Meanwhile, the Jordanian Prime Minister Abdullah Ensour implied, while speaking on the margins of a banquet hosted by a Member of Parliament Dr. Hazem Qashou, that Obama and the Americans' desire for the negotiation process between Israel and Palestine is that it should occur as far away as possible from the media and through diplomatic channels and confidentiality.

Ensour did not say, on the same occasion, that this American eagerness to keep the peace process under wraps raises Amman's suspicions, suggesting that something is being plotted.

Therefore it is said within the Jordanian Foreign Minister Nasser Judeh's circle that Jordan should be ready… but for what exactly? No one actually knows.

There are Jordanian decision-makers who say that the development of personal and national scenarios is useful at this stage in the hope of contributing to the creation of occurrences rather than surrendering to any scenario coming from Washington or Tel Aviv.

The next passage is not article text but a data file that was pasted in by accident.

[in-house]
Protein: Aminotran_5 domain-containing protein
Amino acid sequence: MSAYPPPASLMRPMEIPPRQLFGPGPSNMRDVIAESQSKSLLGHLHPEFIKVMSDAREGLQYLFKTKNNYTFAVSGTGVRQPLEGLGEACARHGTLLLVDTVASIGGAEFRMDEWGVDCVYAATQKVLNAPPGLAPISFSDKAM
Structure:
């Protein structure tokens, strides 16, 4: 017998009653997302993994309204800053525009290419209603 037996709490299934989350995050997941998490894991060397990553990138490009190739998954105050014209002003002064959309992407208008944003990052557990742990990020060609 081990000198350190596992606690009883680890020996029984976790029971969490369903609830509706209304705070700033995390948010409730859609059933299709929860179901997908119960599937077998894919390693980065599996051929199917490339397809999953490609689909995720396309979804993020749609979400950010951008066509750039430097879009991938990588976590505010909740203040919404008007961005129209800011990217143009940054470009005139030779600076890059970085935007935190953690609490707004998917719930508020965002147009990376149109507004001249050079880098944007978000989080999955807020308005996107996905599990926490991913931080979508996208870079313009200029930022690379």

This theory is probably what pushes the Jordanian authorities to interact behind the scenes with detailed dialogue about the awaited confederation carried out by two political groups, both of which have received the green light from Ramallah and Amman. The first is led by Palestinian businessman Munib al-Masri, on behalf of the Palestinians, and the second is led by the star of the Wadi Araba Peace Treaty, Dr. Abdelsalam al-Majali, on behalf of the Jordanians.